have ever witnessed. The leaders of Meadville Lombard Theological School
(MLTS) held a breakfast presentation at the Doubletree Hotel in
Portland, Ore. Although it was at 7:00 a.m., a large banquet hall was
nearly filled. The program began on time, with excellent singing, clear
words of welcome, a good invocation and a step-by-step message of the
school's planned future. Interspersed video presentations gave life to
it all and the morning closed with a request for pledges that left most
of us wanting to sign the family farm away to them.
All this was one event at the General Assembly (GA) of the Unitarian
Universalist Association of Congregations (UUA). Most such conventions
are occasions by many groups for fund raising. The morale is high, the
sense of being strong is present with perhaps five thousand four hundred
people attending, and there's an exhilaration in the air, a confidence
in our future.
Listening carefully is important. Subtexts of messages are as important
in some cases as the primary words themselves. Here are some of the
things I think I heard at the breakfast presentation:
1) The goal of our liberal religion is to be a primary and effective
political influence worldwide. [This is similar to the statements in the
newly begun The Time is Now campaign being run by the UUA.] Through our
understanding of religious and cultural diversity and our training in
working with this melange, we will be able to influence the directions
that humans as a whole take, moving them into adopting ways consistent
with our collective take on justice and equity in human relations.
2) Thomas Starr King School for the Ministry (SKSM) in Berkeley Calif.
was invited to discuss ways of 'cooperation' with Meadville. They have
chosen, for now, not to pursue that further. MLTS wishes them well and
is surging forward. There may be no SKSM in three decades if MLTS
succeeds in becoming, as I believe I heard said, The Center for
theological training and development for the UUA. Harvard Divinity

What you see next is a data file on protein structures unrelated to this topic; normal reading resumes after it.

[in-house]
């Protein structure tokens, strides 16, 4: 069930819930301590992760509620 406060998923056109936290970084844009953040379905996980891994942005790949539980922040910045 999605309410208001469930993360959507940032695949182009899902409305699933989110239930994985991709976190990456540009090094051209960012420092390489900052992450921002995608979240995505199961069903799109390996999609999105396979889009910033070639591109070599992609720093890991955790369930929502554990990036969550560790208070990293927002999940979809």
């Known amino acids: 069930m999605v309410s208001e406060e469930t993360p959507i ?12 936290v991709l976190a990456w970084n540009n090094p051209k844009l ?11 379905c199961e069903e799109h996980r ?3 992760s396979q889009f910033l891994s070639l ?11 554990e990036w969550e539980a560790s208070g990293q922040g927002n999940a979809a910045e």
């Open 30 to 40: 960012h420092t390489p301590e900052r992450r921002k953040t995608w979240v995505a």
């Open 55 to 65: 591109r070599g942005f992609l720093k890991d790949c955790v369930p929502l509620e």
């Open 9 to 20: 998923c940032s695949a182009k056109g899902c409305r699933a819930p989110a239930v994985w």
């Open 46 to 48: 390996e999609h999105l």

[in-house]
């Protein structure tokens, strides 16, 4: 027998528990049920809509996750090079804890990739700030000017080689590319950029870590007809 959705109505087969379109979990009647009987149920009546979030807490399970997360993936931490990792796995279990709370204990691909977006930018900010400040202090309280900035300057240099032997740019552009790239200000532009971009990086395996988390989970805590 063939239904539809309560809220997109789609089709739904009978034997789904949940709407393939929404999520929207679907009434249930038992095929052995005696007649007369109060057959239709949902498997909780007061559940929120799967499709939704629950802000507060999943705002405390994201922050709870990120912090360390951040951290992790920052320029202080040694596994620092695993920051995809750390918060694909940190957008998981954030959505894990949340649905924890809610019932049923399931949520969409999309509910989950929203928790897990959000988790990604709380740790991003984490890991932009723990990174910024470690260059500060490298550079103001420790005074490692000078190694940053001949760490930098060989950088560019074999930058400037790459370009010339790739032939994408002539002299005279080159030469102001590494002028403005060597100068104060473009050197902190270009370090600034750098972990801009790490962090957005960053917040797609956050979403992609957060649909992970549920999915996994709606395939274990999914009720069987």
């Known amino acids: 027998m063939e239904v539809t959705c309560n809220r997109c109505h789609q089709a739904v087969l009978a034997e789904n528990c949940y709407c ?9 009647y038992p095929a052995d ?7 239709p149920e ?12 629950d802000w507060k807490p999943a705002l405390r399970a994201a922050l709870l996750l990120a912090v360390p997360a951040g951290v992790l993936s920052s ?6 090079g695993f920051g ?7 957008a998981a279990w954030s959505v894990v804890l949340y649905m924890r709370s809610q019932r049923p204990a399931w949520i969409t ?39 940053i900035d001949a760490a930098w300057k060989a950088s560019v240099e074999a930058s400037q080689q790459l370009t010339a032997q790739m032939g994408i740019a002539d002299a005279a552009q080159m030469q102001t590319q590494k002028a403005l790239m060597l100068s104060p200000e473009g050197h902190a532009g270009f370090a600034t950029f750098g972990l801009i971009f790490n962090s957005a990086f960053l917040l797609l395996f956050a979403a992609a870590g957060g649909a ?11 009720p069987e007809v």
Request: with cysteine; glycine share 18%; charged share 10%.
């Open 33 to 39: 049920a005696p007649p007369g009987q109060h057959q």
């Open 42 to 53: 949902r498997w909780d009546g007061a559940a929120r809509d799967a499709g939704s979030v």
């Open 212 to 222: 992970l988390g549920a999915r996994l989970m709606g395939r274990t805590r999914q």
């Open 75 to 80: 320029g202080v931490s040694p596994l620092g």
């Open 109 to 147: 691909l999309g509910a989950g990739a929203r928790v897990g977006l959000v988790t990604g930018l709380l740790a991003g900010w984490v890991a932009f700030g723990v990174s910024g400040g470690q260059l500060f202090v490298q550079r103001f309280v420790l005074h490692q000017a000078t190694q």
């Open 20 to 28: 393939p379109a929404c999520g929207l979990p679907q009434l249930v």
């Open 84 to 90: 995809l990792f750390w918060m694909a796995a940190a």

School, as a University school, is outside this realm of parochial
3) A Chicago Alderman is dealing with MLTS with regard to making
'available' a larger piece of land than the school now has. MLTS would
move from the center of the University to a location south of The Midway
at the edge of the black community. This would serve to increase MLTS's
knowledge of and skill at dealing with diverse peoples.
4) Much money will be needed, perhaps some $30,000,000, to meet these
goals. More than a million has been pledged or given thus far.
Beyond what I think I heard, there are implications of this that are
interesting, I think that some of these might be:
a) The now 39 year old pattern of encouraging all new theological
students, from UU schools and from a diverse range of schools to get on
the track for coming into our ministry may be sidetracked. The older
pre-1968 pattern, of shepherding and supporting just those going to
'our' schools and asking the others to apply for fellowship when they're
ready to graduate might be re-introduced. The development of a well
regulated training center would encourage consistent education.
Diversity, especially Christian theological education, might be sharply
b) The ethos of the New Theological Center and the UUA might be more in
line with one another. The core interests would perhaps be less the
congregations, and more the overarching purpose of what is increasingly
being referred to as "our movement".
c) MLTS cooperation with the City of Chicago might be seen as being in
conflict with our opposition to faith based initiatives.
d) The perhaps $600,000 annually available through the UUA for
theological development, which goes now, and is planned to go in the
future as well, to students from different locations, might be
concentrated for study at MLTS and continue this way, with none of the
70% attending Christian or University schools benefiting appreciably
Overall, one is reminded that power is the enemy of diversity in so many
instances. [Democrats tend usually to be united in their national goals,
Republicans usually at odds with one another. Democrats are better at
controlling diversity.] From a UU Christian standpoint, this might not
have too erosive an effect on UU Christian ministry and theology, since
the preferences at MLTS and SKSM have long been pointed away from that
direction. But the concentration of attention and effort on a single
emerging school could make graduates of Union, Claremont, Andover-Newton
(currently this school has our largest UU student body) and other
schools feel more like step-children than 'joint heirs with Christ of
N.T. Wright, Bishop of Durham, England, is fond of saying that realizing
and using our freedom are the two greatest gifts of a life lived in
Christ. So how can we ensure that we can help MLTS and SKSM, our
ministerial candidates and our churches without compromising our liberty
-- and our fairness.
Friday, July 06, 2007
Unitarianism and Universalism were originally defined by "heretical" doctrines: anti-trinitarianism and universal salvation. And during the 19th century especially, the disputes between the heretical Unitarians and the heretical Universalists against the orthodox were potent and real issues.